Today’s adventure was to Seven Star Park in Guilin, China. I didn’t find a lot of information about the park except that it also hosts a zoo, cave, and theme park for an additional charge. So, I thought that it was just a regular ol’ park. We could head over there, grab a picnic, and eat in the grass. As per usual in China, my assumption was wrong.
Seven Star Park is a large area filled with small things to do. Most of those small things cost money… as does getting into the park. At the gate, we were given the option of a park ticket for ¥70, cave ticket for ¥55, or a combined ticket for ¥115 ($17.50). The price would have usually made us turn away, as the price of one combined ticket was nearly our entire daily budget. But we had already walked a long way to get there, so we each purchased a combined ticket, and went in.
Seven Star Park, Guilin
The park hosts many short hikes and adventures. Our first stop was the Square of China’s Glory. It is a little bit more like what I was picturing when I had envisioned the park. It had a big, open lawn with people picnicking, kids running around, that sort of thing. There was also a big art installation at the far end of the square, a mural painted onto a big semi-circular wall. We didn’t bring any food with us, and the stalls that were selling food were too expensive for our taste, so we didn’t end up getting our picnic after, but instead moved on and kept exploring.
Throughout the park, there are statues and paintings of animals, so when I came across a couple statues of monkeys, I didn’t think anything of it. Then a little farther in, I saw another statue… and it moved! Apparently, there are wild monkeys living in the park. We walked over to a park bench were several people were feeding them grapes. There were signs everywhere warning of getting bitten, complete with pictures of people’s bleeding wounds. We sat down on the benches and watched them for a while. They were peaceful and curious, hopping around in the trees and coming down when someone offered them food. Some of the people were quite aggressive toward the monkeys, which Josh did not like, but no one got bit, even though they kind of deserved it.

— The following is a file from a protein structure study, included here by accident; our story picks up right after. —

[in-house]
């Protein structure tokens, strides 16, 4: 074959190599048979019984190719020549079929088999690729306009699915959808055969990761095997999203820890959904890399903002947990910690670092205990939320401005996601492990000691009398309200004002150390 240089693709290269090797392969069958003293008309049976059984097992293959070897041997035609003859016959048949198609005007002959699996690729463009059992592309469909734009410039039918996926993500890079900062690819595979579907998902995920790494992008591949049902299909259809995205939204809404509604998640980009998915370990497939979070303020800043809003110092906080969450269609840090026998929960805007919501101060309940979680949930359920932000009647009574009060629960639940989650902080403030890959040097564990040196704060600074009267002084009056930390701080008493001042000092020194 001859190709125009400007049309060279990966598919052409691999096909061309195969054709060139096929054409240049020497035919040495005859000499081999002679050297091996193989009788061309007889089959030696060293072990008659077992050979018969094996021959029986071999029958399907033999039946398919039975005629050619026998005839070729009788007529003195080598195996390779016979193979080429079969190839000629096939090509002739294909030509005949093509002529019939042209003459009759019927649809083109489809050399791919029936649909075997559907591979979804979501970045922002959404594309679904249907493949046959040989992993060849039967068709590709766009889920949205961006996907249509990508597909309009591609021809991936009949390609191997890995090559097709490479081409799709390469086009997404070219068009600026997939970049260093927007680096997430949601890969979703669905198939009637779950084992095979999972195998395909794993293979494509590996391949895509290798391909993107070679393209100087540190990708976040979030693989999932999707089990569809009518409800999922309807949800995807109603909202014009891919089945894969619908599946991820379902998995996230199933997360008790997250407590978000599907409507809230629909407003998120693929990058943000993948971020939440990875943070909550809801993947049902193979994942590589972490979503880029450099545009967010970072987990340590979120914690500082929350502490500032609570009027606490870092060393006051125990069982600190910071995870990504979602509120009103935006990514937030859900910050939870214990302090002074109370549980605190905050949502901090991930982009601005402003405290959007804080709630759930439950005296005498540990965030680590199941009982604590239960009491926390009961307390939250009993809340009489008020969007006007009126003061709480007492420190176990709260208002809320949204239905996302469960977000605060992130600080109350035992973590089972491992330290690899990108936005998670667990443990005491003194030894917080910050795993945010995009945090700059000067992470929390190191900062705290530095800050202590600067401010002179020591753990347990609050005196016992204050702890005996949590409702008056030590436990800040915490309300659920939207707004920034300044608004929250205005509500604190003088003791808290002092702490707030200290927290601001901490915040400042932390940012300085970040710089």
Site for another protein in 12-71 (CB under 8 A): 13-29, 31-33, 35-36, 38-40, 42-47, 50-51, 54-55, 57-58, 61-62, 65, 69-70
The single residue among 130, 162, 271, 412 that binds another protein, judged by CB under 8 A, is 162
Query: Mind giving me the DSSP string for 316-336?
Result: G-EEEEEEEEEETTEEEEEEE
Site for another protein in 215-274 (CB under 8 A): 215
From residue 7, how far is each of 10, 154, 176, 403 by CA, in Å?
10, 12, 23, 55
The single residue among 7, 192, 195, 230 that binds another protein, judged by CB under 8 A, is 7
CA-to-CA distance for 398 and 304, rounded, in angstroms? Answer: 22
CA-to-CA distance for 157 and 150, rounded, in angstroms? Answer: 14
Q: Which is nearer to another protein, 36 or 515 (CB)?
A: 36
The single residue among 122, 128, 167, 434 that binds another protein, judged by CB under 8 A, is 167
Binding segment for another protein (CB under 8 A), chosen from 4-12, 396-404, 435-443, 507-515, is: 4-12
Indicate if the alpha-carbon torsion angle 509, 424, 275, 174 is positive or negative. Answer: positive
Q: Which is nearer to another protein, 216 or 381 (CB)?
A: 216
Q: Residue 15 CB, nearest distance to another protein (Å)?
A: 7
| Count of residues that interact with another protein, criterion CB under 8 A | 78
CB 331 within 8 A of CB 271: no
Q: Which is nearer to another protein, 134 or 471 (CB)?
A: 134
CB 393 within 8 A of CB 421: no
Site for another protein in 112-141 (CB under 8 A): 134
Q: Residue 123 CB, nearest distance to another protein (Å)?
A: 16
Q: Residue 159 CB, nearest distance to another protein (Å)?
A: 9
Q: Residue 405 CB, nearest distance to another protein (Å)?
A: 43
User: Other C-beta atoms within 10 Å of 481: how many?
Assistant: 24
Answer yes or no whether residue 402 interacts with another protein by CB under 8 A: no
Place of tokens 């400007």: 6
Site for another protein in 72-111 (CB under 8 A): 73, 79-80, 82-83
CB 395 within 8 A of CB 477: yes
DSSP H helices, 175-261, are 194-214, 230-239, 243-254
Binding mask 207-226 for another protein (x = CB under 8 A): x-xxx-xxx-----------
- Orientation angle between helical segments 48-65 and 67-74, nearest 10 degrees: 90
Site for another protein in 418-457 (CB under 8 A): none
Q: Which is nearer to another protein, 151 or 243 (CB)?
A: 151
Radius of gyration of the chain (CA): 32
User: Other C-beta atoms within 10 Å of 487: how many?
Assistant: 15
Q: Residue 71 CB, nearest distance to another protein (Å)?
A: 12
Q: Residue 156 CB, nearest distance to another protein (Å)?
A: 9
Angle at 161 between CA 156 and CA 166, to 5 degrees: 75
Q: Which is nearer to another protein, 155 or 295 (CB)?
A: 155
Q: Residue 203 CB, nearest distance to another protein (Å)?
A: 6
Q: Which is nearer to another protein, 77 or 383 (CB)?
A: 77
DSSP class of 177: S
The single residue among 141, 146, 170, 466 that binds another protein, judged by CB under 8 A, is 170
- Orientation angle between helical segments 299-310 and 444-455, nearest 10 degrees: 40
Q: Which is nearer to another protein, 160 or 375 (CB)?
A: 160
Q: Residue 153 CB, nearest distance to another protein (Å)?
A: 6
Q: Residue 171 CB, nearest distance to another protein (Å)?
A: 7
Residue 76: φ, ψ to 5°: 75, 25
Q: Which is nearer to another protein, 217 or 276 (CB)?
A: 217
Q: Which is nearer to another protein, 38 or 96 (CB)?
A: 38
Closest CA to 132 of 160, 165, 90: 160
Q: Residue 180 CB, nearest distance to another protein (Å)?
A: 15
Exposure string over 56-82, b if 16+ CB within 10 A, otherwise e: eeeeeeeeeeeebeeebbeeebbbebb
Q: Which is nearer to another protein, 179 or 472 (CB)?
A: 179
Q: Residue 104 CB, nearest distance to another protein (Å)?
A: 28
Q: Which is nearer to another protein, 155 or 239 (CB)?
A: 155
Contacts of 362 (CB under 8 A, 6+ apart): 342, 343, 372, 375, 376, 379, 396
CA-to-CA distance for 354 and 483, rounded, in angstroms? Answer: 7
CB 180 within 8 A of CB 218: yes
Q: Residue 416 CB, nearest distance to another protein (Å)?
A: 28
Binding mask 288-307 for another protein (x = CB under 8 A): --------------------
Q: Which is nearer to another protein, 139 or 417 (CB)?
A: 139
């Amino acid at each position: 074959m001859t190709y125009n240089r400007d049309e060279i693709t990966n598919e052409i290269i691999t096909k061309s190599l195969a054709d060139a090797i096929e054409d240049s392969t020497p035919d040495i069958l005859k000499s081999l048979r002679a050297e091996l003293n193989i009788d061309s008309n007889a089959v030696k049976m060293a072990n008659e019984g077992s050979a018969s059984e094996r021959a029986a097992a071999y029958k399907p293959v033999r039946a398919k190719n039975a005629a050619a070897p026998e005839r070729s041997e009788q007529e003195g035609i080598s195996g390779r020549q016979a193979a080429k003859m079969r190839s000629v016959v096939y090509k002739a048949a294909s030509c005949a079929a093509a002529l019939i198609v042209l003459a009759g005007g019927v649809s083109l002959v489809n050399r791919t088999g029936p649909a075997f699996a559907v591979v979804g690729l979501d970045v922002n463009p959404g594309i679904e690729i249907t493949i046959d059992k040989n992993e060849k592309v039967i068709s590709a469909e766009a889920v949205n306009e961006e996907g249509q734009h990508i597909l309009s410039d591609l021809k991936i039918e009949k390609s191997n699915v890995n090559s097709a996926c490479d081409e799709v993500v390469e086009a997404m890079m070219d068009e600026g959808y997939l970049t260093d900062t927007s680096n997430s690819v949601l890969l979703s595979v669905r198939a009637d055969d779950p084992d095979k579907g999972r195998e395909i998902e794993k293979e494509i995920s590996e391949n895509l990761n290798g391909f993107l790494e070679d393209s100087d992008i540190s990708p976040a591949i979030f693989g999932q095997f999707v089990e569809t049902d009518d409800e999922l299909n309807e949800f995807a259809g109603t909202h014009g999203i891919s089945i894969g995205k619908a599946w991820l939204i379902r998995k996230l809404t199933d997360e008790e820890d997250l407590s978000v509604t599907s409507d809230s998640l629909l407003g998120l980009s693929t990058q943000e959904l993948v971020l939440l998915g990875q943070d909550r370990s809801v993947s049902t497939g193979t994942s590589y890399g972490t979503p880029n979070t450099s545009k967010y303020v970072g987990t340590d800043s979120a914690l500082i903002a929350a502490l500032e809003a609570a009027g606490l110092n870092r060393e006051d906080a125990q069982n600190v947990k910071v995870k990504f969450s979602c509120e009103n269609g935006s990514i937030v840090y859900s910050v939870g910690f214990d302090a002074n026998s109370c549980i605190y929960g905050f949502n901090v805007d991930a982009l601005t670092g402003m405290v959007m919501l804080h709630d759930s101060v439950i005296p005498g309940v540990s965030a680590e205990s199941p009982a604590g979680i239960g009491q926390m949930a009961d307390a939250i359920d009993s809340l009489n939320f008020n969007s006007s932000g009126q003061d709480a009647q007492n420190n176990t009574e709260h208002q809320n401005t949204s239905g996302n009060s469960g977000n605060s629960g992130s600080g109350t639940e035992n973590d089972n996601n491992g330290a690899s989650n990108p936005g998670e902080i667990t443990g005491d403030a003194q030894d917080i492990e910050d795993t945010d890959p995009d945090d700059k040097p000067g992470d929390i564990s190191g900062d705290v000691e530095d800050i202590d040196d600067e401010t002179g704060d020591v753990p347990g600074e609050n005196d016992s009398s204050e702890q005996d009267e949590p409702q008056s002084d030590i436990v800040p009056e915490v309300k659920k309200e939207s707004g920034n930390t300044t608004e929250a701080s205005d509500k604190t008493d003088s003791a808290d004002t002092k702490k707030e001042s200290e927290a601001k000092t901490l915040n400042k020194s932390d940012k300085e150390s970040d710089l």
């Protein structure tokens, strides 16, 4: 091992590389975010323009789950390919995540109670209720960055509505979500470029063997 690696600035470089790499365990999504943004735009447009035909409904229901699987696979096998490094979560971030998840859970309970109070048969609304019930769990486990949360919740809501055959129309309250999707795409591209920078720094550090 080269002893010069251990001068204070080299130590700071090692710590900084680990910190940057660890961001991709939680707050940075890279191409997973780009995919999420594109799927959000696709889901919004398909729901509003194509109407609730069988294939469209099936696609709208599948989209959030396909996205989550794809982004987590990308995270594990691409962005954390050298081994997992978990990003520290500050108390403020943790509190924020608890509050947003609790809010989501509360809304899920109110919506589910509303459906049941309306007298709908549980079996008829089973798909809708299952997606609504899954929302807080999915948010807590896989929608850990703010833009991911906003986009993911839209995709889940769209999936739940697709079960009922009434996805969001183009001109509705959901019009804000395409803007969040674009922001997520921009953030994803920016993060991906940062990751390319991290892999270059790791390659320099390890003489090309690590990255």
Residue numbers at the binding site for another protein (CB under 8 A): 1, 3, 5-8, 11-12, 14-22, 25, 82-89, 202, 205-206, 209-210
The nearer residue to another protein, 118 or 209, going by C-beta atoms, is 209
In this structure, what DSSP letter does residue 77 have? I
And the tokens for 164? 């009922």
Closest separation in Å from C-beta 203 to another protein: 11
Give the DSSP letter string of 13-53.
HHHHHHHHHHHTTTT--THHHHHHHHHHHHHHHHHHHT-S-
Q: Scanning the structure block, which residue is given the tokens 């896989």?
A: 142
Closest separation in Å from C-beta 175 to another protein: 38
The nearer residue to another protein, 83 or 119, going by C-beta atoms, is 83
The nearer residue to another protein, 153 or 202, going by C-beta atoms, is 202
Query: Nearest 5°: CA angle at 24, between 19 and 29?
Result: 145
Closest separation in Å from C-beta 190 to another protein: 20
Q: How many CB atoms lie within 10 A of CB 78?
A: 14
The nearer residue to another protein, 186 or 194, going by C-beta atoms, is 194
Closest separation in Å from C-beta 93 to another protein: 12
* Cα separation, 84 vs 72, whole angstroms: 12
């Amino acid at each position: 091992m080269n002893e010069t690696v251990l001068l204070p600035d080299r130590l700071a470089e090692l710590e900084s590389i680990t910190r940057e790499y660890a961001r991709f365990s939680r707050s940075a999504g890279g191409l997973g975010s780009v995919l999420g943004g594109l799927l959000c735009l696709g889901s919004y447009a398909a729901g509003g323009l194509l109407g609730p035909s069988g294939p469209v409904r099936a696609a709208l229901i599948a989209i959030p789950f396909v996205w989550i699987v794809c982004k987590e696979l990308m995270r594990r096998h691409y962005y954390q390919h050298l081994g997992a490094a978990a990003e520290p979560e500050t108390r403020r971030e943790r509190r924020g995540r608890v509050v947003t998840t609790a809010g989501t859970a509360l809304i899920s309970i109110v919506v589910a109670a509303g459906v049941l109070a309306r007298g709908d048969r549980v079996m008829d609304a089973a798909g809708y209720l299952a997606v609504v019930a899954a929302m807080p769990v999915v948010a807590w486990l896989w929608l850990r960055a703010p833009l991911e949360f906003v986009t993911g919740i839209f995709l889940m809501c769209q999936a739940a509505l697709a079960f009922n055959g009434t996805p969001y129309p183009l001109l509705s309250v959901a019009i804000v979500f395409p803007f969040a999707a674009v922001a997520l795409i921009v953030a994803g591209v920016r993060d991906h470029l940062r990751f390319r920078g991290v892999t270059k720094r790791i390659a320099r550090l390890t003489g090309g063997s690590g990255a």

It took us a little while to realize that the smaller side paths were also for us to use. Once we figured that out, we set off up one of the hills within the park. Putuo Hill is one of the hill series that makes up the cave, and at the top is an area called Star Pavillion. It was a long and hot hike to the top, but definitely worth the view, as you could see most of the city from up there.
Seven Star Park Cave
We hiked down the opposite side of the hill and headed for the cave entrance. We had hoped there would be food there (we still hadn’t eaten lunch) and that we could walk right in. Again, wrong on both counts. We walked up to the booth and confidently handed the guy our tickets, only to be told that we’d have to wait half an hour for the next tour. So, at 2pm, we joined the crowd for a Chinese language guided tour of the Seven Star Cave.
We did our best to look like we understood what the tour guide was saying, but only really caught a few words here and there. The cave is huge! Maybe it was the hunger talking, but it felt like we walked for miles through lighted caverns and formations.
The tour was 45 minutes long and, for the most part, was informational (I can only guess from the amount of talking the guide did and the amount of oohing and awing the crowd did). However, China is China, so we were treated to several stops within the cave where we could purchase pictures or visit the gift shops.
We didn’t see everything in the park. Unfortunately, by the time our 45 minute tour of the cave was over, we were near-starving. So, we booked it out of the park and over towards our side of town for an amazing snack of Hong Kong Waffles (which is as delicious as it looks).
I enjoyed our day at the park, but I don’t think I would recommend it to visitors of Guilin. It is overpriced and a little underwhelming. There are plenty of other sights in the area that are cheaper, less crowded, and more interesting. I would, however, recommend the Hong Kong Waffles. Those things are to die for!
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